From the window of a passenger plane flying over the Amazon, the views are breathtaking. “It’s only miles across river and river islands,” said Lukas Musher, a postdoc researcher at Drexel University’s Academy of Natural Sciences.
The massive rivers below branch out into a dense, tree-like network that has continuously rearranged itself through hundreds of thousands of years, drawing new paths and erasing old ones. The rivers divide and subdivide the forest into spaces, each of which is a whole world of the innumerable creatures that swing, crawl, and fly within their ever-changing boundaries.
IN a new study in the journal The progress of science, Musher and his co-authors report that the endless relocation of rivers is increasing the biodiversity of the beautiful birds that color the dense rainforests of the Amazon. By acting as a “species pump”, the dynamic rivers can play a greater role than previously realized in shaping the Amazon forest into one of the most biodiverse locations on the planet. Although the lowlands of the forest make up only half a percent of the planet’s land area, they house about 10 percent of all known species – and no doubt many unknown ones.
The idea that changing rivers can shape bird species dates from the 1960s, but most researchers have disregarded the phenomenon as a driving force for much diversification for birds or mammals. “For a long time, we’ve really considered the rivers a kind of static,” he said John Batesa curator at the Field Museum in Chicago who was not involved in the investigation.
But recently, biologists began to pay attention to the louder and louder whispers from geologists. “One of the most thought-provoking things for biologists was realizing how dynamic geologists began to believe the rivers were,” Bates said. The way this paper weaves biological data along with geological ideas is very neat, he said.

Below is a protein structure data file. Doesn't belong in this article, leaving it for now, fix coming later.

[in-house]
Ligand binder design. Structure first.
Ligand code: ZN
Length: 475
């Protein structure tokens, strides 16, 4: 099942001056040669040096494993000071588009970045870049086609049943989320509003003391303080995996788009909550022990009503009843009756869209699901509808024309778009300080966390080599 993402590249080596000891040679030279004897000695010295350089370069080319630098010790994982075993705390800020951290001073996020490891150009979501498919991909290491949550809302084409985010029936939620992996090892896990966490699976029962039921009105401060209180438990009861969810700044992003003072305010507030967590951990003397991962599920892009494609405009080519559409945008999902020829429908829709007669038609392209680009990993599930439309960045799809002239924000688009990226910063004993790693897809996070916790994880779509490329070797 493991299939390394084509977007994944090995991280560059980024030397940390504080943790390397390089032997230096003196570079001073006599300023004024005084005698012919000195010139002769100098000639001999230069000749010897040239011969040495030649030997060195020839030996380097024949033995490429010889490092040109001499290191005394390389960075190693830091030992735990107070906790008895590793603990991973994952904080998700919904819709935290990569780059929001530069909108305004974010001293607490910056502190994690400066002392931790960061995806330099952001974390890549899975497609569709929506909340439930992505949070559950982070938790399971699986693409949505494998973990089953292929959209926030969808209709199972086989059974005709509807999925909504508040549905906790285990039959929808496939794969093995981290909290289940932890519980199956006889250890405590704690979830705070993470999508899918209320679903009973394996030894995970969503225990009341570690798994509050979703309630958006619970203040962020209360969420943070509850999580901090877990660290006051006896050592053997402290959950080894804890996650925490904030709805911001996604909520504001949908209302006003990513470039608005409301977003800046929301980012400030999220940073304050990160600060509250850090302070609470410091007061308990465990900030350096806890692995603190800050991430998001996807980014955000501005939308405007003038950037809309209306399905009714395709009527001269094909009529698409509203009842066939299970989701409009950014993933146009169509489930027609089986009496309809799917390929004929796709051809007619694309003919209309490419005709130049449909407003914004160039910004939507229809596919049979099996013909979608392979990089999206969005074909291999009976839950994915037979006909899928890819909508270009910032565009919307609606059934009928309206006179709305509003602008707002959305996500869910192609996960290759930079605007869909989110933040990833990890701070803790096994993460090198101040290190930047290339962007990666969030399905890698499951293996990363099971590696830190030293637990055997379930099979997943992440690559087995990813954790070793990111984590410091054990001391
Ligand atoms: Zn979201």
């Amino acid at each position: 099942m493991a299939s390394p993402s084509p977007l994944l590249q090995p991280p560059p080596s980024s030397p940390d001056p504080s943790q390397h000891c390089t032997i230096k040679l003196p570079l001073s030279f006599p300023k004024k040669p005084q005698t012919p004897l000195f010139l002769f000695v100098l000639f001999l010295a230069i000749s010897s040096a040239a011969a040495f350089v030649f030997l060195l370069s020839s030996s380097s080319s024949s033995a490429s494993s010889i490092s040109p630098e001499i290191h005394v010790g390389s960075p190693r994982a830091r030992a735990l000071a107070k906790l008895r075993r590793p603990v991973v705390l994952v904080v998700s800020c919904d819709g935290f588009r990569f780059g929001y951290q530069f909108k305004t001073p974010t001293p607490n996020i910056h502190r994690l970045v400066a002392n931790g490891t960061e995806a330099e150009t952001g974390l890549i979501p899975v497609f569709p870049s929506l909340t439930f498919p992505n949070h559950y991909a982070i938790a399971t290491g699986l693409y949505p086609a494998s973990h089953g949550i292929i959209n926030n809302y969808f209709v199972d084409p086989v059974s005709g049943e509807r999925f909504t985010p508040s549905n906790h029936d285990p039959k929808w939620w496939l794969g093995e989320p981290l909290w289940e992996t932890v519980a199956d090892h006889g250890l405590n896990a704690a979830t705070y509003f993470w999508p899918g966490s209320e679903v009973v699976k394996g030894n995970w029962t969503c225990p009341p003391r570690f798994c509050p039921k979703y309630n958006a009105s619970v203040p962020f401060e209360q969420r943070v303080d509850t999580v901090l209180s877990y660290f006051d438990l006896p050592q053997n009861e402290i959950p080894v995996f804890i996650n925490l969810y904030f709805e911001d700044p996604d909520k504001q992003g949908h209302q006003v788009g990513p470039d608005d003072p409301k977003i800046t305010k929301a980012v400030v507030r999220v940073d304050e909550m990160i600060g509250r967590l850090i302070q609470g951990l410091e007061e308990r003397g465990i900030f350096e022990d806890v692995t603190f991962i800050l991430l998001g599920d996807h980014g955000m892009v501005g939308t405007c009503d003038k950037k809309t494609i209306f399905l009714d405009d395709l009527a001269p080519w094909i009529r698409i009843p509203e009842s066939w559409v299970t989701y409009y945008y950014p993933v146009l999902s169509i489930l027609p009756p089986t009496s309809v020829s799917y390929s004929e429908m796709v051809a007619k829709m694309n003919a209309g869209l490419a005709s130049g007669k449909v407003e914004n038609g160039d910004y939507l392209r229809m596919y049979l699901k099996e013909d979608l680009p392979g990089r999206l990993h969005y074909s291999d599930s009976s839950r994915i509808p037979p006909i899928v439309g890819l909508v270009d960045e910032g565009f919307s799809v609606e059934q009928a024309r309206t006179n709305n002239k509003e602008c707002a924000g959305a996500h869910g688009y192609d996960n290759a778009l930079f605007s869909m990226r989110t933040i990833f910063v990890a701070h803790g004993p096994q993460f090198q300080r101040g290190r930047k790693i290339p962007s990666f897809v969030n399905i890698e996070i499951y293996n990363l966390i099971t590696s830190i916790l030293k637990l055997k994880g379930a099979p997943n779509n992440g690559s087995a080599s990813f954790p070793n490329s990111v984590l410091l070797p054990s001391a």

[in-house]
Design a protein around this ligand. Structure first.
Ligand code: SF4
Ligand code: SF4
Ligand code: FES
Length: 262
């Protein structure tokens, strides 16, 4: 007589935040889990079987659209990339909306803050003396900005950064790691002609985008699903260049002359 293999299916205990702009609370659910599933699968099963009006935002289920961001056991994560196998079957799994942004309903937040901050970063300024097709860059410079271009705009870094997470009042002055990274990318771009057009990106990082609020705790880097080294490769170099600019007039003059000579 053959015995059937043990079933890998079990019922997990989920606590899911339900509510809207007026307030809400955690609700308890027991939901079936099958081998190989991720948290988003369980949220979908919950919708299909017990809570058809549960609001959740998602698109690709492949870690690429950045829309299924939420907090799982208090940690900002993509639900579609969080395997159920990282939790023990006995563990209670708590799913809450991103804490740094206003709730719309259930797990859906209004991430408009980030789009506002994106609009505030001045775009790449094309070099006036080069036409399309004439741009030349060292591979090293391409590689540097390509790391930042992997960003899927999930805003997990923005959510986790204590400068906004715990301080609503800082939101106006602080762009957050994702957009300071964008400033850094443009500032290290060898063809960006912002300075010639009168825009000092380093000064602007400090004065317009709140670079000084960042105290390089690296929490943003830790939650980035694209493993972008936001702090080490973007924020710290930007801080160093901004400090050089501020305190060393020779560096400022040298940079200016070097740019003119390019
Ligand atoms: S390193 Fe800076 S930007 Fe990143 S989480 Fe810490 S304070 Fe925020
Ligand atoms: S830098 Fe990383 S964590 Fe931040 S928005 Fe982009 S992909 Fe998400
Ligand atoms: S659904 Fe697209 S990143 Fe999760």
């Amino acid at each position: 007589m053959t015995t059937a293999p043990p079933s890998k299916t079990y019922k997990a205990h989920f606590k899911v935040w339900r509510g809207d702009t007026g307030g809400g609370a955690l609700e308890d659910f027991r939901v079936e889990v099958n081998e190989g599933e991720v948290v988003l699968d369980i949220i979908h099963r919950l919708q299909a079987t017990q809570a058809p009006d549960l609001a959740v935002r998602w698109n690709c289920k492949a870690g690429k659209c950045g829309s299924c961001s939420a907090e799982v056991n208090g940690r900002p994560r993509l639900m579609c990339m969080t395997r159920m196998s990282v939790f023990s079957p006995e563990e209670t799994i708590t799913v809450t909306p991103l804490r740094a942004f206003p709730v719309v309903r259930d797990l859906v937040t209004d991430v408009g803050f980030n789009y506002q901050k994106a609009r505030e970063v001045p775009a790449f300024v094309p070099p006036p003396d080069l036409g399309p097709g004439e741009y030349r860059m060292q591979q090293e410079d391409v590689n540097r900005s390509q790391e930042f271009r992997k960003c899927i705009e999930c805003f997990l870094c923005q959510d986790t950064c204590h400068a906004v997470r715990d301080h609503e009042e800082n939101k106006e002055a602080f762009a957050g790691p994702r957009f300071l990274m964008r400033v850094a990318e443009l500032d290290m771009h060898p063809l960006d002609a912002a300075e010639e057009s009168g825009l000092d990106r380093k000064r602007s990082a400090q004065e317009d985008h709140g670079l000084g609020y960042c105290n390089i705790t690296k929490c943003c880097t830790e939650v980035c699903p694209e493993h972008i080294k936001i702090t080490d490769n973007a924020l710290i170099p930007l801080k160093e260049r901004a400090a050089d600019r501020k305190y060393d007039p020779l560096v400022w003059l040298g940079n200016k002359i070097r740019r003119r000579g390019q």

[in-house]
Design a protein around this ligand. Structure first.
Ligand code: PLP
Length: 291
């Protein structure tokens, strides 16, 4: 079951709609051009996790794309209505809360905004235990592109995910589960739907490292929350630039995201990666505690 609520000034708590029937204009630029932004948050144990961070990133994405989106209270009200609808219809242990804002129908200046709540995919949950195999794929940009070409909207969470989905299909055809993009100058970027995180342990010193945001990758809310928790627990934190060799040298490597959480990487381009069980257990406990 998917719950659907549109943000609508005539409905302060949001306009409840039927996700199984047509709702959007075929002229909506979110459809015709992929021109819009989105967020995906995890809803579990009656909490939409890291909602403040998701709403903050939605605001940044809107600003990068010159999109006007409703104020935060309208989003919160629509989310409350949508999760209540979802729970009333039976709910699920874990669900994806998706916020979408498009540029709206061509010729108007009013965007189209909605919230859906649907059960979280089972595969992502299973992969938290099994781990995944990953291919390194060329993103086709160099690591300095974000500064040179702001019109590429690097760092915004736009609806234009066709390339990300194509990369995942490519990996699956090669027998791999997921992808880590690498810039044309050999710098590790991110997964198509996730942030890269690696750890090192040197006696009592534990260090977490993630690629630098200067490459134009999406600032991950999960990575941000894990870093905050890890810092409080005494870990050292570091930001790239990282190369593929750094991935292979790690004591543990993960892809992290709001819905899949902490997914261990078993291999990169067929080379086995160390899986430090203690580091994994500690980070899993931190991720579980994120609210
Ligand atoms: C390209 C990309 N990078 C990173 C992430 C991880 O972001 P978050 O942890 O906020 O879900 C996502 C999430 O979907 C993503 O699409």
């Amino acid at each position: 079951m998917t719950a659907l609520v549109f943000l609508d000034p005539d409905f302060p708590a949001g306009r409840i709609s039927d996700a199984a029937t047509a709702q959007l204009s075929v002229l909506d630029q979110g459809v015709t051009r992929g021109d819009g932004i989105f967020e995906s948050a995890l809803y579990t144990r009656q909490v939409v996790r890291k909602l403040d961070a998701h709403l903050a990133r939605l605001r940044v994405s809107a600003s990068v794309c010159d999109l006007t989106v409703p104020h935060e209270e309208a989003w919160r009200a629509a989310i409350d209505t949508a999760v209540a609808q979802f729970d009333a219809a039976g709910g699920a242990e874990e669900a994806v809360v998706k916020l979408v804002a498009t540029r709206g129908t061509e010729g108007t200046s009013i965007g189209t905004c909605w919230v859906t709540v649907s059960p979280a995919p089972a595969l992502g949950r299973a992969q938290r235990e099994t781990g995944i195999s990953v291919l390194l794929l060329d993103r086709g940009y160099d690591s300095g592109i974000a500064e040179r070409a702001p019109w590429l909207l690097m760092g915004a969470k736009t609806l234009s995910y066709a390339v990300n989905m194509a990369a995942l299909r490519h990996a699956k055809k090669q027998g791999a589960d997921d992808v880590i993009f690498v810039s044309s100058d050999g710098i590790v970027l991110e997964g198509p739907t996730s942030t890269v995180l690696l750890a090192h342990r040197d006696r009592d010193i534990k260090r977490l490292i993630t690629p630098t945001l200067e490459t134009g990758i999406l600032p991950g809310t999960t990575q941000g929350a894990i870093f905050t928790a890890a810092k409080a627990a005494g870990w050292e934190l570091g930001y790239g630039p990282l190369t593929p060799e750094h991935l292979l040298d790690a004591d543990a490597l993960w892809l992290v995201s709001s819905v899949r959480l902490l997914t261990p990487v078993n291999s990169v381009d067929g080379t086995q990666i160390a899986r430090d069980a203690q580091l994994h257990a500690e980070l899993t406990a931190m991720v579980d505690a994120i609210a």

The relationship between geographic change and biodiversity is “one of the most controversial topics in evolutionary biology,” said Musher, who conducted the study as part of his doctoral dissertation. Some scientists say Earth’s history has little bearing on the patterns of biodiversity, but others suggest “an extremely tight, fundamentally linear” relationship between the two, Musher said.
Movement over time
To understand how river diversions can shape birds in the Amazon, Musher and his collaborators from the American Museum of Natural History and Louisiana State University conducted an expedition to the rivers that run through the heart of Brazil in June 2018.
They collected examples of birds from several locations on either side of two rivers: the Aripuanã River and the Roosevelt River, named after Teddy Roosevelt, who traveled there in 1914 as part of a mapping team. They also borrowed samples previously collected near other rivers in the Amazon by other institutions.